Chapter 19
Rotational Motion Variables, Tangential Acceleration, Constant Angular Acceleration
117
19
Rotational Motion Variables, Tangential Acceleration,
Constant Angular Acceleration
Because so much of the effort that we devote to dealing with angles involves acute angles,
when we go to the opposite extreme, e.g. to angles of thousands of degrees, as we often
do in the case of objects spinning with a constant angular acceleration, one of the most
common mistakes we humans tend to make is simply not to recognize that when someone
asks us; starting from time zero, how many revolutions, or equivalently how many turns
or rotations an object makes; that someone is asking for the value of the angular
displacement
Δ
θ
.
To be sure, we typically calculate
Δ
θ
in radians, so we have to convert
the result to revolutions before reporting the final answer, but the number of revolutions
is simply the value of
Δ
θ
.
In the last chapter we found that a particle in uniform circular motion has centripetal acceleration
given by equations 185 and 186:
r
v
2
c
=
a
2
c
w
r
=
a
It is important to note that any particle undergoing circular motion has centripetal acceleration,
not just those in uniform (constant speed) circular motion.
If the speed of the particle (the value
of
v
in
r
v
2
c
=
a
) is changing, then the value of the centripetal acceleration is clearly changing.
One can still calculate it at any instant at which one knows the speed of the particle.
If, besides the acceleration that the particle has just because it is moving in a circle, the speed of
the particle is changing, then the particle also has some acceleration directed along (or in the
exact opposite direction to) the velocity of the particle.
Since the velocity is always tangent to
the circle on which the particle is moving, this component of the acceleration is referred to as the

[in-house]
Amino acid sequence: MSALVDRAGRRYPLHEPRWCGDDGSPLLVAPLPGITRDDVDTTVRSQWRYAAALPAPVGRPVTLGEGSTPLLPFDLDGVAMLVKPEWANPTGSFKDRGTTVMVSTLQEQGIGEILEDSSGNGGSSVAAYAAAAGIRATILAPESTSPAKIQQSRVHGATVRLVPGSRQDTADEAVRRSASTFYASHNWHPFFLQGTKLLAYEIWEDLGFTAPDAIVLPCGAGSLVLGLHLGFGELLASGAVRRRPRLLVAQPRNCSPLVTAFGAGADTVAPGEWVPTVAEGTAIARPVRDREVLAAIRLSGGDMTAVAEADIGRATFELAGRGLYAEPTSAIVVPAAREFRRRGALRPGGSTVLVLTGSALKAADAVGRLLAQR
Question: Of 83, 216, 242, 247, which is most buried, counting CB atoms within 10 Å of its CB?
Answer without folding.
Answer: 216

tangential acceleration of the particle.
The magnitude of the tangential acceleration of a particle
in circular motion is simply the absolute value of the
rate of change of the speed of the particle
dt
d
a
v
=
t
.
The direction of the tangential acceleration is the same as that of the velocity if the
particle is speeding up, and in the direction opposite that of the velocity if the particle is slowing
down.
Recall that, starting with our equation relating the position
s
of the particle along the circle to the
angular position
θ
of a particle,
θ
r
=
s
, we took the derivative with respect to time to get the
relation
w
r
v
=
.
If we take a second derivative with respect to time we get
dt
d
dt
d
w
r
v
=
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Chapter 19
Rotational Motion Variables, Tangential Acceleration, Constant Angular Acceleration
118
On the left we have the tangential acceleration
t
a
of the particle.
The
dt
d
w
on the right is the
time rate of change of the angular velocity of the object.
The angular velocity is the spin rate, so
a nonzero value of
dt
d
w
means that the imaginary line segment that extends from the center of
the circle to the particle is spinning faster or slower as time goes by.
In fact,
dt
d
w
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 Fall '08
 RABE
 Physics, Derivative, Acceleration, Circular Motion, Rotation, tan θ

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